I've been thinking about Pooh all day long, and I hope the force is with him. By that, I mean I hope he and his sisters are having fun playing the new game Pa-pa and I delivered to him over the weekend as we observed his seventh birthday just a few days early.
All in all, I was pretty pleased with our launch of Star Wars Yahtzee Jr. I have always enjoyed the dice-rolling excitement of a good Yahtzee match, and I have to say this particular version adapts quite well to the needs of kids age four and older.
Instead of the usual numbered dots, the six sides of most dice feature pictures of Luke Skywalker, Princess Leia, Han Solo, R2D2, Chewbacca, and Yoda, who acts as a wild card as players try to collect as many pictures as possible of a single character in a three-roll turn.
Since there is evil in every universe, one side of one sinister die is reserved for the picture of Darth Vader. If Darth turns up on a player's roll, that player loses the advantage of that fifth die for the remainder of that particular turn.
Further, the game is designed so that kids don't have to keep individual scores on note pads as they make decisions about how to count the dice rolls. Instead, they use color-coded game markers to mark their choices on a game board visible to all players at all times. This enables discussions of options with kids who may need help figuring out rolling and scoring choices. The board, game pieces, and dice (and a set of four happy players) look like this:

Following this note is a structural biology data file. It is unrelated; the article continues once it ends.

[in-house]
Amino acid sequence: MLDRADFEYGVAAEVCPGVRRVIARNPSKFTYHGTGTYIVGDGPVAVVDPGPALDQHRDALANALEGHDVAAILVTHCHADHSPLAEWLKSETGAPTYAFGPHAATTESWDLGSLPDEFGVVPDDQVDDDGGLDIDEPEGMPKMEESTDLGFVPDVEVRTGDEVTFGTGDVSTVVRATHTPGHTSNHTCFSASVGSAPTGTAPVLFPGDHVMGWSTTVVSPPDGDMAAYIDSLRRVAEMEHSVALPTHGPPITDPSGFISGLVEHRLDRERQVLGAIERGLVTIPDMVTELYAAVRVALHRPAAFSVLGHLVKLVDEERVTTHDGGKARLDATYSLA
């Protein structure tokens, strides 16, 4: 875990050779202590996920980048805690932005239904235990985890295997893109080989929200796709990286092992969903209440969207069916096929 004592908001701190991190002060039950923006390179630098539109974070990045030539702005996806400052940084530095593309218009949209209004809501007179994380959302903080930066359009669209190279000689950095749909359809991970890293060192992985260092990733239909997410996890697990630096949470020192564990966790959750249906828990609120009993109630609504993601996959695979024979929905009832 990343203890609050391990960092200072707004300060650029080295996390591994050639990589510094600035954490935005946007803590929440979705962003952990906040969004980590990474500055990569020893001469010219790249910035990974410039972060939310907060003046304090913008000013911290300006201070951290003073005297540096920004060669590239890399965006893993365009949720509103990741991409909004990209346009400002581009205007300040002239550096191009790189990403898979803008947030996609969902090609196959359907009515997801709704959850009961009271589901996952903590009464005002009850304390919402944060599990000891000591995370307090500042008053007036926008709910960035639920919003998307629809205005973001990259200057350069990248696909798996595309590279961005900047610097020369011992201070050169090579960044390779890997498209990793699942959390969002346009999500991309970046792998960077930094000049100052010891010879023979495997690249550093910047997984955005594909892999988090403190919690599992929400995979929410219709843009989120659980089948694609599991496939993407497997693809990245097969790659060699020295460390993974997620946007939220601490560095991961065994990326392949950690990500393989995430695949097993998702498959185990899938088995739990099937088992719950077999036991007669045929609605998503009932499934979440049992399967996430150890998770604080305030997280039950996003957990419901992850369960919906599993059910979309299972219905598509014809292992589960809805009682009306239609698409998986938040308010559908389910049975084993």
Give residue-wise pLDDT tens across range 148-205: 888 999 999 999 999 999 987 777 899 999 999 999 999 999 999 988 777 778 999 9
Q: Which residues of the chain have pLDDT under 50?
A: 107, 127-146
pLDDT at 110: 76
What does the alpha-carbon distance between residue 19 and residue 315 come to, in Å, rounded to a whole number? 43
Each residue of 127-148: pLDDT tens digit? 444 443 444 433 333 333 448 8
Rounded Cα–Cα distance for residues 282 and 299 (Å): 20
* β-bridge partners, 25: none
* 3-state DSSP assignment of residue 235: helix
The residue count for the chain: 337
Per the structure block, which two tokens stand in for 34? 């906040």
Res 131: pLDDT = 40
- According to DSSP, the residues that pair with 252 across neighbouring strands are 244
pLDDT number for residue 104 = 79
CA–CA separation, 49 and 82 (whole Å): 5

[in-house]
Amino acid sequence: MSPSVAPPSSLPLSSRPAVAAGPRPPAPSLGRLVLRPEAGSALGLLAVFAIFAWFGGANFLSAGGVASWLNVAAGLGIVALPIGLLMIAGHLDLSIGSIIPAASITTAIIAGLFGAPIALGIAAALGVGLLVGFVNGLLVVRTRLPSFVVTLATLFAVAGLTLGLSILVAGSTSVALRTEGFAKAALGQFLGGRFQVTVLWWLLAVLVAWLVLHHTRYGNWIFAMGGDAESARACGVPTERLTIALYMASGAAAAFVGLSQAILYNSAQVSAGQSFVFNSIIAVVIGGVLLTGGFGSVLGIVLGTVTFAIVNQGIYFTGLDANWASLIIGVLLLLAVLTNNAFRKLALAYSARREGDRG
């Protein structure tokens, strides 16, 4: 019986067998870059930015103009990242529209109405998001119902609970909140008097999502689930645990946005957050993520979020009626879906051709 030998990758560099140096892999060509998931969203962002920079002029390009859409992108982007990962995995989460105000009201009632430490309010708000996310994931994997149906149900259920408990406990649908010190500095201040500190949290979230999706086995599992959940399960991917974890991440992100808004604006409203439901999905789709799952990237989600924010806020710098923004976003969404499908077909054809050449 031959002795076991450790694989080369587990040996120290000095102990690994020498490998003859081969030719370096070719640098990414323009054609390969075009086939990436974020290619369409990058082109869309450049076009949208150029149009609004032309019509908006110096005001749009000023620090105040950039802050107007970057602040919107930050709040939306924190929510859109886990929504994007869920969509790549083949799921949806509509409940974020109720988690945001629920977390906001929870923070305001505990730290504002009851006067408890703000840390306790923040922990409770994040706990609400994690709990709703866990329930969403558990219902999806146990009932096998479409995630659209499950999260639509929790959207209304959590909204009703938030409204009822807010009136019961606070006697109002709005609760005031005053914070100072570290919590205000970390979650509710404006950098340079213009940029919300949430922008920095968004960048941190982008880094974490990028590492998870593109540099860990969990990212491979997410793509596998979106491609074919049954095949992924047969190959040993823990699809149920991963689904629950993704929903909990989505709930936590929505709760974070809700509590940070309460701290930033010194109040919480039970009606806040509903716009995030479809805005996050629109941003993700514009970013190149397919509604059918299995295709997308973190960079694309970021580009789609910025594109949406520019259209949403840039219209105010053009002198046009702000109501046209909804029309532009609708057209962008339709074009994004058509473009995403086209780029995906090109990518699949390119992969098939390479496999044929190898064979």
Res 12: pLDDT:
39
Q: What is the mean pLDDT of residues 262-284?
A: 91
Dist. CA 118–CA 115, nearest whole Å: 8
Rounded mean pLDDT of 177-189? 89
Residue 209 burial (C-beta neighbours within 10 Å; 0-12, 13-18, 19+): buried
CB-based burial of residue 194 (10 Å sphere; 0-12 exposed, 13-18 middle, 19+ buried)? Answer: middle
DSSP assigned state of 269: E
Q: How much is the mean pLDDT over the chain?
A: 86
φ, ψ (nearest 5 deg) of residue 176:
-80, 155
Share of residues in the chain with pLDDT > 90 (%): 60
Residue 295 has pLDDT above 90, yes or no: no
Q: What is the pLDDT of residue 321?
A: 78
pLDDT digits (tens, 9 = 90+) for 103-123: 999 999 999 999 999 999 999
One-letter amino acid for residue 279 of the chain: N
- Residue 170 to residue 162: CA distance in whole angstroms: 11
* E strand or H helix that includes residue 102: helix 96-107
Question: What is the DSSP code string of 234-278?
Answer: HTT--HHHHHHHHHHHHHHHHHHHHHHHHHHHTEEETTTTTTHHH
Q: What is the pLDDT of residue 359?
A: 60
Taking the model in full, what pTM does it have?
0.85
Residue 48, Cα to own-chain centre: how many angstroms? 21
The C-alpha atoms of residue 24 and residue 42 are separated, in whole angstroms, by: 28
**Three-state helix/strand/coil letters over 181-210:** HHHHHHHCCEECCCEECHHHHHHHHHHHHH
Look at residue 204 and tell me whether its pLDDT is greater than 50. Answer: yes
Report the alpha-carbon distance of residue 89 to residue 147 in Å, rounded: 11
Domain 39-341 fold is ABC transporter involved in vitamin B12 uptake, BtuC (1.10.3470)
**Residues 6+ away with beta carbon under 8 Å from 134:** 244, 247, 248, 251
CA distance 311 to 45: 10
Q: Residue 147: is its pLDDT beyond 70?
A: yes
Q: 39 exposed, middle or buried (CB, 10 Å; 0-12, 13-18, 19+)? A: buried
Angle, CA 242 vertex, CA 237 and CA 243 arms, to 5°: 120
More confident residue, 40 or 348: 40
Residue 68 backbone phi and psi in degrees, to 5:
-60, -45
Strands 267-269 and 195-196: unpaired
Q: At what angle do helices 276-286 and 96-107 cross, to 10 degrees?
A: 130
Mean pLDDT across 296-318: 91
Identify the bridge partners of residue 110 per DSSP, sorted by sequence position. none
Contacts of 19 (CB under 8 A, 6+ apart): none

The game can be easily adapted for two, three, or four players, with the difference being the number of turns all players get. Once begun, things move quickly, and the kids seem excited both to take their own turns and to watch what happens as their opponents roll the dice, consider options, and strategize.
In our experience, the downsides of the game are few. You have to caution the kids not to bump the scoreboard and displace markers that have already been played, because then the cumulative scores are lost for that game. Another issue is the number of relatively small pieces (twenty score markers, five dice) to keep track of when a number of boisterous kids are involved.
But I have to say the five of us (Zoomie and I were partners) had a great time with Star Wars Yahtzee Jr. The instructions are clear and easy to follow. In the event of a number of kids who are fairly young, though, I would recommend flying a reconnaissance mission into the box ahead of time to punch out score markers and place the stickers on the dice. I did this, and am pretty sure I saved us some time, potential chaos, and possible damage to the game components.
Happy Birthday to you, Pooh. You are the most special first-grader in my universe. May the candles on your cake tonight glow like light sabers, and may your life be filled with a lot of Yodas and very few Darths.